Physical frailty in late-life depression is associated with deficits in speed-dependent executive functions.
OBJECTIVE: The aim of this study was to examine the association between physical frailty and neurocognitive performance in late-life depression (LLD). METHODS: Cross-sectional design using baseline data from a treatment study of late-life depression was used in this study. Individuals aged 60 years and older were diagnosed with major depressive disorder at time of assessment (N = 173). All participants received clinical assessment of depression and completed neuropsychological testing during a depressive episode. Physical frailty was assessed using an adaptation of the FRAIL scale. Neuropsychological domains were derived from a factor analysis that yielded three factors: (i) speeded executive and fluency, (ii) episodic memory, and (iii) working memory. Associations were examined with bivariate tests and multivariate models. RESULTS: Depressed individuals with a FRAIL score >1 had worse performance than nonfrail depressed across all three factors; however, speeded executive and fluency was the only factor that remained significant after controlling for depression symptom severity and demographic characteristics. CONCLUSIONS: Although physical frailty is associated with broad neurocognitive deficits in LLD, it is most robustly associated with deficits in speeded executive functions and verbal fluency. Causal inferences are limited by the cross-sectional design, and future research would benefit from a comparison group of nondepressed older adults with similar levels of frailty. Research is needed to understand the mechanisms underlying associations among depression symptoms, physical frailty, and executive dysfunction and how they are related to the cognitive and symptomatic course of LLD.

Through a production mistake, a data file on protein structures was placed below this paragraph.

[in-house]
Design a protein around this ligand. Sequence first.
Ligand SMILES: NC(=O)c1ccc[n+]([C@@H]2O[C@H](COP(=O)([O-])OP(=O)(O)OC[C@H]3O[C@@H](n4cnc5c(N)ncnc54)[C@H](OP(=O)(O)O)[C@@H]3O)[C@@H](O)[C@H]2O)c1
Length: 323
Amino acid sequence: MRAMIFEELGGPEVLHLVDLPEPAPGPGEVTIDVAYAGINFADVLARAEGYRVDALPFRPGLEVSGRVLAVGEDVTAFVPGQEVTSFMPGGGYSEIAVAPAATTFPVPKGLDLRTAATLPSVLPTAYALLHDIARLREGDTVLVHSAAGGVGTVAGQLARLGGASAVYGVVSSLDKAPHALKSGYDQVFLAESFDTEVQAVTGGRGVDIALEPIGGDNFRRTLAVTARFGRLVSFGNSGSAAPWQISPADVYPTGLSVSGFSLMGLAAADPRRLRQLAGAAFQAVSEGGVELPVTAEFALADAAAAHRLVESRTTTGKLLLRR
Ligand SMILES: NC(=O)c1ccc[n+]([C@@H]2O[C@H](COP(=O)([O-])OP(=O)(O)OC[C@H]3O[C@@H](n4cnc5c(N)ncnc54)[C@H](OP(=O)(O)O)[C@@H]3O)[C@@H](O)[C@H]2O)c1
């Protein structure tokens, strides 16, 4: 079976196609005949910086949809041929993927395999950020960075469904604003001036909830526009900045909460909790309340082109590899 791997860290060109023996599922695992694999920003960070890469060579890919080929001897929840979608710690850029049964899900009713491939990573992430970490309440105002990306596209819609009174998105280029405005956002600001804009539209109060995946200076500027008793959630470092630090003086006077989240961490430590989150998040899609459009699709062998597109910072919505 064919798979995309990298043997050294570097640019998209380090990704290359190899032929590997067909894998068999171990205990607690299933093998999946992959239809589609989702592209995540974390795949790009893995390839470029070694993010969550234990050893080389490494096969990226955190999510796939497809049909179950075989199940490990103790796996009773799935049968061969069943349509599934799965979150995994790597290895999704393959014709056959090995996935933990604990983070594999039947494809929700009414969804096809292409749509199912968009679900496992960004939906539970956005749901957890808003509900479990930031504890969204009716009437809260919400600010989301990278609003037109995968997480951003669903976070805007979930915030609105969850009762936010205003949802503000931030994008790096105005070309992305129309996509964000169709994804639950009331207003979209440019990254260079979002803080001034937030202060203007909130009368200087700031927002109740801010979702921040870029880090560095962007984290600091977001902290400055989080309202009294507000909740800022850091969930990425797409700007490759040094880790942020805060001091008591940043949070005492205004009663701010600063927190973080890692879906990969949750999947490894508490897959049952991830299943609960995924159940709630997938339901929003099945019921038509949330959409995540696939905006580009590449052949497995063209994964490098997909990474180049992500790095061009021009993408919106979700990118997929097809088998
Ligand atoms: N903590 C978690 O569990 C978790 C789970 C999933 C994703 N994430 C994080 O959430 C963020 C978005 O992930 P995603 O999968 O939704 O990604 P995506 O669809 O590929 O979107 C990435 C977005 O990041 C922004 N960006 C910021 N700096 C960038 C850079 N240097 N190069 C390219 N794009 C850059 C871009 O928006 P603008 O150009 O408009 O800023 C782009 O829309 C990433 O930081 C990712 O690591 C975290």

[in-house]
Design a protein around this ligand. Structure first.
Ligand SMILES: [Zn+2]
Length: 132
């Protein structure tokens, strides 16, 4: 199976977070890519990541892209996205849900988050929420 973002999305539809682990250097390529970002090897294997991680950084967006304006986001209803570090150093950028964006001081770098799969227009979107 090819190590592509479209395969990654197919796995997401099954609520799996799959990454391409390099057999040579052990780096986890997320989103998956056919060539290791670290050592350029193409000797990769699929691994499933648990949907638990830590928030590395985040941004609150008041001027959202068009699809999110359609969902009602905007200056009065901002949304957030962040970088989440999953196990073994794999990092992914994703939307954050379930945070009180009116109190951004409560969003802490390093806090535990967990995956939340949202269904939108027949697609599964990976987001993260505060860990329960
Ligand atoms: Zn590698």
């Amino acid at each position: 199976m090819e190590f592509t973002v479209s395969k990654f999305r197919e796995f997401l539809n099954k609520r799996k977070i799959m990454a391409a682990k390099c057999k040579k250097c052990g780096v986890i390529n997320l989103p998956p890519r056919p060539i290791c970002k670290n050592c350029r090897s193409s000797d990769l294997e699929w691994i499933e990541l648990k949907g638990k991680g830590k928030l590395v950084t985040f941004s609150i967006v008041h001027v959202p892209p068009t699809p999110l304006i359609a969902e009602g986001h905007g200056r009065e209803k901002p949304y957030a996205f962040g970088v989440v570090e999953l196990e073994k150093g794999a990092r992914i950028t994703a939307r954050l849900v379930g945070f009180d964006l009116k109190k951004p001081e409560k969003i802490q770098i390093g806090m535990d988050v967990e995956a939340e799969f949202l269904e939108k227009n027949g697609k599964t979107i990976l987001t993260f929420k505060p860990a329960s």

Potter, GG; McQuoid, DR; Whitson, HE; Steffens, DC
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